Brad Pope - Owner of the Compact Disc StoreBrad Pope is the owner of The Compact Disc Store located at 684 Jefferson Highway in Baton Rouge. The store specializes in compact discs from all musical fields: pop, jazz, blues, classical, country, kids, Cajun, alternative, folk, soundtracks, shows, world music, etc. and music DVDs.

Pope graduated from Louisiana State University in 1969 with a degree in Speech Corrections. He went back to do graduate work in Fine Arts with an emphasis on painting, though he never completed the degree. In 1984, he visited a friend who managed the classical record room of the Metronome, a record store in New Orleans. Besides traditional albums and singles, the store carried Compact Discs – the newest technology in musical recording at that time.  The difference in sound was so startling; he knew there would be a great market for this product.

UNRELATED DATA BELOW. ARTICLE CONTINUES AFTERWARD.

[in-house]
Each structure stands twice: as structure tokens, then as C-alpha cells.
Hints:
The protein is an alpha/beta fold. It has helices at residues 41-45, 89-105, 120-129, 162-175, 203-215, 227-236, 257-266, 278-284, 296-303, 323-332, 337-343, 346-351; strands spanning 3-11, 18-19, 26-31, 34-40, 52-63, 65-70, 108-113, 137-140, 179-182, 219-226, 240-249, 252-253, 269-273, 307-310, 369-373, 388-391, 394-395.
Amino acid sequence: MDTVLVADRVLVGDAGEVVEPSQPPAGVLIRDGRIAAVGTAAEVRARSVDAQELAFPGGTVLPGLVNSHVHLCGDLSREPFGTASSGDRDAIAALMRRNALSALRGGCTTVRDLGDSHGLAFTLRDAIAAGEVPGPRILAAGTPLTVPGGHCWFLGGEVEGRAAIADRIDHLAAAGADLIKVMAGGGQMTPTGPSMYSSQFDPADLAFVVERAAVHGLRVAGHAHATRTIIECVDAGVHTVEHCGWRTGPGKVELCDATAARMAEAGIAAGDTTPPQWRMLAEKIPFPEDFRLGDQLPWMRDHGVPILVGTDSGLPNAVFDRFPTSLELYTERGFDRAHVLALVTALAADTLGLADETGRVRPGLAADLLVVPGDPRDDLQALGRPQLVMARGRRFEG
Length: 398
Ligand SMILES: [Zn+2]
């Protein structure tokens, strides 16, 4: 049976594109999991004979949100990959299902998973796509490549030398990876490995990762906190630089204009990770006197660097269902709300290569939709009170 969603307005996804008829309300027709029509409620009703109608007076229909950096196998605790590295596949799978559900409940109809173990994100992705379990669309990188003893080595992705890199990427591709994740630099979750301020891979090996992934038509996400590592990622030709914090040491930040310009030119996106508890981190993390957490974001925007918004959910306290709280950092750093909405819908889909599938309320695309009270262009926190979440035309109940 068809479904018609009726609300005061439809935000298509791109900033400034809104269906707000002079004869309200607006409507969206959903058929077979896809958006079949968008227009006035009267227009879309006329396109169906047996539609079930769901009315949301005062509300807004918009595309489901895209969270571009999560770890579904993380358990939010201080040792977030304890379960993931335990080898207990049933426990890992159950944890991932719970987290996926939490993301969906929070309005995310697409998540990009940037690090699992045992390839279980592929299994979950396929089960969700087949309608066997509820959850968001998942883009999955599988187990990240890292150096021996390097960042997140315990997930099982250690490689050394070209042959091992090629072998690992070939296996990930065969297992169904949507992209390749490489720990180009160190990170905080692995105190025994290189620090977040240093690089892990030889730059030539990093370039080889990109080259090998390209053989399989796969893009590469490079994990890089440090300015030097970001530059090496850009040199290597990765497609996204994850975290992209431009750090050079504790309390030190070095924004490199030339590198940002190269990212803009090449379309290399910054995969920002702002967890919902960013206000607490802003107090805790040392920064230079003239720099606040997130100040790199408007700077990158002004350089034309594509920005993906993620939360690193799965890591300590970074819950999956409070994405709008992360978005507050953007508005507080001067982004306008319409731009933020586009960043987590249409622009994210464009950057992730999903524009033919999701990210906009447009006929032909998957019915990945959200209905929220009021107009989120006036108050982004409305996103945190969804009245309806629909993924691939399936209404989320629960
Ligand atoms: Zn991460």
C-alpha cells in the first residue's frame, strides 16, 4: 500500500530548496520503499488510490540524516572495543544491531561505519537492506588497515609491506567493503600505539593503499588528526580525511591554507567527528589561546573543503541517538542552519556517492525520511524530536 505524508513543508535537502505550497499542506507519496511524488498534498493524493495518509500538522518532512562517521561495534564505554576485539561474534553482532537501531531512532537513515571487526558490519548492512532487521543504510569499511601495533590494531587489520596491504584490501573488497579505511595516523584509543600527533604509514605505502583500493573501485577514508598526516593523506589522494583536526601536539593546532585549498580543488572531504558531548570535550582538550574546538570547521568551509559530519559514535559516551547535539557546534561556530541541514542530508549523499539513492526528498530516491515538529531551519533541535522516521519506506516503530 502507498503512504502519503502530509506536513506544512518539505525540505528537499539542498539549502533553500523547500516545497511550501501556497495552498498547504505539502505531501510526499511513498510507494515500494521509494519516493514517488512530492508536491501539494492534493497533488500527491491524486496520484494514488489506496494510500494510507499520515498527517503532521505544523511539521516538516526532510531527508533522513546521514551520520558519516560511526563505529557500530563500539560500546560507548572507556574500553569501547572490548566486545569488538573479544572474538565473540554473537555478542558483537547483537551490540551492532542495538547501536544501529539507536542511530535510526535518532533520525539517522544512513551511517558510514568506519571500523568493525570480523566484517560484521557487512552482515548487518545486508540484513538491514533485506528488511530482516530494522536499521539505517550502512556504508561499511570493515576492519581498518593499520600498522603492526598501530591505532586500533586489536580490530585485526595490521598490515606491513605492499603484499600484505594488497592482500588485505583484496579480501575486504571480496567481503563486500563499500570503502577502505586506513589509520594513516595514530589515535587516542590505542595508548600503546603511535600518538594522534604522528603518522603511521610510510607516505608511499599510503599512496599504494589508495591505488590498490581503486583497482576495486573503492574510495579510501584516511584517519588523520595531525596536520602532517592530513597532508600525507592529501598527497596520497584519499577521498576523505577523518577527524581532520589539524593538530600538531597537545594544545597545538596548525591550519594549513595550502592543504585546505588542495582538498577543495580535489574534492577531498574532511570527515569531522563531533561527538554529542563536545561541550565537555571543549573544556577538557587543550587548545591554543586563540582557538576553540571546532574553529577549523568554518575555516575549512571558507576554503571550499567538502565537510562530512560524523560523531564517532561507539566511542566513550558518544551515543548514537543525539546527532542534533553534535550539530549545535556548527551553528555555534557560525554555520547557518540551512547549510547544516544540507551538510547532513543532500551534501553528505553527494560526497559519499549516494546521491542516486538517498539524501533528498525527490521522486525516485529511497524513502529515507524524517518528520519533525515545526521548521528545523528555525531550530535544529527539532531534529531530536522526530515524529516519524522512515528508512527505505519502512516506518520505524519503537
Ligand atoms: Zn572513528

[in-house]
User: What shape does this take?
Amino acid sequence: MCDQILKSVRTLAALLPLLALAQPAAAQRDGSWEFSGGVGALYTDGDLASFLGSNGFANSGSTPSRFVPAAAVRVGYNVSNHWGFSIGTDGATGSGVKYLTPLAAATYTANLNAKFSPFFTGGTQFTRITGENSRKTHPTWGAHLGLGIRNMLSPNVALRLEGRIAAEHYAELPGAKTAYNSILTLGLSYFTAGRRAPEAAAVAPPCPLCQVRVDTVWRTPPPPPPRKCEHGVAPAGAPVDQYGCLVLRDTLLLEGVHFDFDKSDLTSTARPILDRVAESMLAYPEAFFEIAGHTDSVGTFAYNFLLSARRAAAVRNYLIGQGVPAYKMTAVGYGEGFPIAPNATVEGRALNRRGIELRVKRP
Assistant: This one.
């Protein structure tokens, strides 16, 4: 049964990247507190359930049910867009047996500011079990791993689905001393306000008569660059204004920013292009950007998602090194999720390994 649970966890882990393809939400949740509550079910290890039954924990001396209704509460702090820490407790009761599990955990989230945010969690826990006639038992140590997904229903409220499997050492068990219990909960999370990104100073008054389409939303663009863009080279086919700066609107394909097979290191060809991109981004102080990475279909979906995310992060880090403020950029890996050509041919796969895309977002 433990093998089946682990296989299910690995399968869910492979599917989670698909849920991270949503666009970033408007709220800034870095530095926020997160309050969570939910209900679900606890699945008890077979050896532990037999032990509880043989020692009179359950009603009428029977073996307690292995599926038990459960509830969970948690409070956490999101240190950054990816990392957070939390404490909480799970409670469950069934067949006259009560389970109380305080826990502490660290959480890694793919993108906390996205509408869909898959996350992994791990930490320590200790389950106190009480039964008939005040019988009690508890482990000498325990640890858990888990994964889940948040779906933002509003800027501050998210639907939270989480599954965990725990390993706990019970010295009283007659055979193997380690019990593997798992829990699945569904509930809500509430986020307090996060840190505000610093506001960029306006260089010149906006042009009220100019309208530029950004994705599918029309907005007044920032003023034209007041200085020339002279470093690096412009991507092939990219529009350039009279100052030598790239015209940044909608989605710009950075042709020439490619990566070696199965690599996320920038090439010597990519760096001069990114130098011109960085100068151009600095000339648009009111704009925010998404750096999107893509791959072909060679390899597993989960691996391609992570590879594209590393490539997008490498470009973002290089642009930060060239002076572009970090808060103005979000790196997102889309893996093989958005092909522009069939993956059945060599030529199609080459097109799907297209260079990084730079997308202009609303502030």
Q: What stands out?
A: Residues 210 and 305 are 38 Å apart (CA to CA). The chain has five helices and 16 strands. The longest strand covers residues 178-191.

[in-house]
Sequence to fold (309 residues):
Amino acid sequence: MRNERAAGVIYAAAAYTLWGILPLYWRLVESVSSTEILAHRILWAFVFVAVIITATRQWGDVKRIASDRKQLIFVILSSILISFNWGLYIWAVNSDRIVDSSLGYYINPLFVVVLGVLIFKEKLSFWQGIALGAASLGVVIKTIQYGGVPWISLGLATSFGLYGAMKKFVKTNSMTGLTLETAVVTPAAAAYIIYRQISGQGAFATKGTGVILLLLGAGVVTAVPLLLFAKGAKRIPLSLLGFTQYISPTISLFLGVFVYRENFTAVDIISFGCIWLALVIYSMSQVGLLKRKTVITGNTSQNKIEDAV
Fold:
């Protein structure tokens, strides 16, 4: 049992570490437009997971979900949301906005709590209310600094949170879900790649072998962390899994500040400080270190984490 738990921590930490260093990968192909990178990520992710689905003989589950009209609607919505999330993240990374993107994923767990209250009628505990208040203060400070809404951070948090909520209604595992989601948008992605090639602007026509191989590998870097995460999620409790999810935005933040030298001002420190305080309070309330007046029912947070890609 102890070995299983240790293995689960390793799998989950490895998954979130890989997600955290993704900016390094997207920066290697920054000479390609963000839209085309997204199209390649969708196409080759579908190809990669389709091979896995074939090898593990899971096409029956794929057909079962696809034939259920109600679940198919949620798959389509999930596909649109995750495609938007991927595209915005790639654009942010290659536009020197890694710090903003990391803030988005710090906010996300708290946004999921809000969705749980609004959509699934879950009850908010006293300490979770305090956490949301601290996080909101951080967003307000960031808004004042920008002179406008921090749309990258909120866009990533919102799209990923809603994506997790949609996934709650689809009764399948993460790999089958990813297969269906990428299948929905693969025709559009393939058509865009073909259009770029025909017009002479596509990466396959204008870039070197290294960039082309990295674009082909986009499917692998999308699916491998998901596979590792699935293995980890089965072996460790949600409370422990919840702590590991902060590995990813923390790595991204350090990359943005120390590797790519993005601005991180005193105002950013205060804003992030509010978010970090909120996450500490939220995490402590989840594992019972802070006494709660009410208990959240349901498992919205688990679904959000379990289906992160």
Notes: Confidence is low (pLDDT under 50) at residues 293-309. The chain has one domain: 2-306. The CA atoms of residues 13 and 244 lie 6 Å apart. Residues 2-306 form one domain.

Determined to open a CD shop in Baton Rouge, Pope started in 1985 with 2 or 3 bins of CDs in a small space in Goodwood Village. The industry was so new; he had trouble getting suppliers at first and CDs were mostly jazz and classical.  In the same shopping center was Art Colley’s Audio Specialties. Colley loaned him equipment that allowed people to listen to CDs and appreciate the huge difference in sound. Many who purchased CDs went next door to buy Colley’s CD players.